12-14 years is the average lifespan for an English Setter. That’s a long time for a dog to live and owners should be aware of the commitment they are making when buying or owning one of these dogs.

Great adoption dog option because you can find one as a four-year-old adult and still own them for another decade.

Health Issues

CHIC Certification – Canine Health Information Center has certain tests for the English Setter and these recommendations come from their Kennel Club. It is best to buy a puppy from parents who have this certification.  

BAER Testing – Deafness is an inherited genetic disease that does affect this breed. Although they are known to get hearing disorders from their parents, they can also get them from other sources.

Hip Dysplasia – 24 months is the age that the dog should get this examination. Once the dog starts limping or favoring a leg, they should go to the vet right away. Early treatment of the joints if they have this condition can ease some discomfort but it will be a lifelong process.

Elbow Dysplasia – 24 months for elbow dysplasia check will be the recommended amount of time. Growth outside of the elbow is going to show that they have the condition, but an examination will tell you how severe or mild the conditions are.

Thyroid – every two years should be taken seriously. Dogs suffering from Thyroid issues and they can go untreated for years. When the dog starts to possess a strong appetite, excessive weight gain, and high levels of dehydration will expose this condition in most cases.

Breed Group

Proud member of the Sporting Group, or Gun Dog Group. These dogs help hunters find other animals and can retrieve them after they’re shot in the water or on land.

One of the great qualities is that they can grab another animal without causing significant damage and bring them back. High stamina and endurance is one of the qualities you will find with each of these dogs.

Here are a few of the dogs in the sporting group

Exercise Needs

English Setter needs a lot of exercise every day to meet their exercise requirements. When you fail to exercise your dog every day you will have some undesirable behaviors start to exist and they will persist for a long time.

Bad behavior starting out with too much energy and excitement. Understanding that dogs do this in order to attempt to exercise themselves is key. Digging, barking excessively, nipping and biting can all start to develop over time.

Once you begin to give them the right amount of exercise you will notice that the energy levels are low around the house and the dog is sleep much more throughout the day.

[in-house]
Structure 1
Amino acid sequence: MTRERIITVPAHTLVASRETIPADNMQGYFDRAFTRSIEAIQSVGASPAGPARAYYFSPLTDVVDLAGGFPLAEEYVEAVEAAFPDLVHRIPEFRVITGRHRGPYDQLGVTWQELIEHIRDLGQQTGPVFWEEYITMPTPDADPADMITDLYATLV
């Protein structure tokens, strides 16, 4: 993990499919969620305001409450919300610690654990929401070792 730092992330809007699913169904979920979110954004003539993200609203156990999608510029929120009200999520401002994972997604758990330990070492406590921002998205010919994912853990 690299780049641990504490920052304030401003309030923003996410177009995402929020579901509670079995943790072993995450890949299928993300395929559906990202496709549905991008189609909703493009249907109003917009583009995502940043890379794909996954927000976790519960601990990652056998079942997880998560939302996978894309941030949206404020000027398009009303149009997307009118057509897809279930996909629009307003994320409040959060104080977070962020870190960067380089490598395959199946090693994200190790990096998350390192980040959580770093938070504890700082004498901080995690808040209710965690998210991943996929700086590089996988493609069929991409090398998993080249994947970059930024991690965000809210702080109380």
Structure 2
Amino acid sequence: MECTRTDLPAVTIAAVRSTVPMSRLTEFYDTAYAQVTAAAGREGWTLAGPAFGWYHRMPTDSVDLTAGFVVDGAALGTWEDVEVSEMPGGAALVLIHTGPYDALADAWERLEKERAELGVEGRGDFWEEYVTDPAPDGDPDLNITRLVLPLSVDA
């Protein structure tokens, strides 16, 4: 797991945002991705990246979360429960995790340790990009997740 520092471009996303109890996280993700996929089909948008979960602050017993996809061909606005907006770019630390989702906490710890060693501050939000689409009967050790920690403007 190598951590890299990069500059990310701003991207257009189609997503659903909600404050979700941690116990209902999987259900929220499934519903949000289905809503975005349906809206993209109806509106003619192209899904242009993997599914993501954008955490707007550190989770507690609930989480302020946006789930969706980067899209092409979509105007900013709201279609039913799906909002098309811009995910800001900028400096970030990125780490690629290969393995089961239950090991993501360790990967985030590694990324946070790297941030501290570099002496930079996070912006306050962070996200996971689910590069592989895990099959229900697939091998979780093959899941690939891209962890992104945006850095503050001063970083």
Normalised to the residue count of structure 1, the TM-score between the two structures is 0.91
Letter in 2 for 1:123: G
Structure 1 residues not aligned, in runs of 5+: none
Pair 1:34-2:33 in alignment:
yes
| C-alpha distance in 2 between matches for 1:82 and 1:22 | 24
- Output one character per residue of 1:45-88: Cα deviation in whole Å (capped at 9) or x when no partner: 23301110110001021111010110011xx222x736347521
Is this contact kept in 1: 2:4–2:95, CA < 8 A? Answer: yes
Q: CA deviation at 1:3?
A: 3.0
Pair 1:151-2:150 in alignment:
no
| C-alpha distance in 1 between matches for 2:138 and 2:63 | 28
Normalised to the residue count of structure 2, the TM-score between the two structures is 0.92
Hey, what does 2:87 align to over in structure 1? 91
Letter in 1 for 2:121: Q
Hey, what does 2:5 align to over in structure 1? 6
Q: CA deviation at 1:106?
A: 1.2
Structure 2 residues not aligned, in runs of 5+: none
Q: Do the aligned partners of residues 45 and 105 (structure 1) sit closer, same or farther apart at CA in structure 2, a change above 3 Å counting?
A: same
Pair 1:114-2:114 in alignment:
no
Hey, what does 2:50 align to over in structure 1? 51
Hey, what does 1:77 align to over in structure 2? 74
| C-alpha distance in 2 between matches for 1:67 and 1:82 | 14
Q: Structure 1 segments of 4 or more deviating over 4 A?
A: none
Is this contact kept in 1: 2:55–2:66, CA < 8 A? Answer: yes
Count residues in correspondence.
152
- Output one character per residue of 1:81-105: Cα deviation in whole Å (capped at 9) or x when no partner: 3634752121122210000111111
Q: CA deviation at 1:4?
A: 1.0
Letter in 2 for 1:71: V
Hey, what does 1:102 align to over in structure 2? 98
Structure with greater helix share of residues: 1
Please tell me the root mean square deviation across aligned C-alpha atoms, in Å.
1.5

Misbehaving will be a direct result of not getting enough exercise. Two sessions will be better than one if the dog is too energetic or misbehaving too much to get a quick grip on the situation.

Here is a basic exercise recommendation for this breed

Morning: Hour (run, walk, or treadmill)

Evening: 30 min (run, walk, or treadmill)

Youngers dogs need more runs and more multiple session days. If you are not exercising your dog yet and they are a little older they will need this same program for a while to drain excess energy.

Adult dogs, around 3 to 5 years old, will need runs still, but their recovery time will be longer after runs. One session days will start to become apparent during this time and the owner will be able to take days off without getting more issues before the next outing.

Senior dogs will need to least amount of exercise, no runs, and don’t give them two sessions. Going out once for short exercise sessions of 30 minutes max will be all they can handle.

Training

  1. Exercise program
  2. Commands
  3. Socialization
  4. Corrections

Exercise is the foundation of any training program that aims to teach the dog to behave properly. Commands gets them to perform certain tricks but to get them calm and respectable you need to exercise daily. Homeless people are the best dog owners because they don’t use a leash or treats to train their dog. Only thing they do differently is exercise every day and you can tell by the body language. Ears back, tail relaxed, and mouth open are the key indicators of a great mindset.

Commands are great but a smaller part of training. You will be spending most of your time exercising your dog. Sit, stay and lay are great to teach and have it become reliable by doing it a certain type of way. Performing commands before eating, drinking, coming outside, before you put the leash on and other activities.

Socialization should happen once you put the exercise every day and sometime two times per day in action. Your dog will be in a best condition to socialize when they are not trying to meet their exercise requirements with other animals or humans around for the first time.

Correcting the dog should happen verbally, on leash and off leash. Being physically imposing is not how you should focus on corrections. Focusing on timing and the follow through is the best way to look at corrections. Most of the time you will never touch the dog but rare times they will be needed.

Additional Resources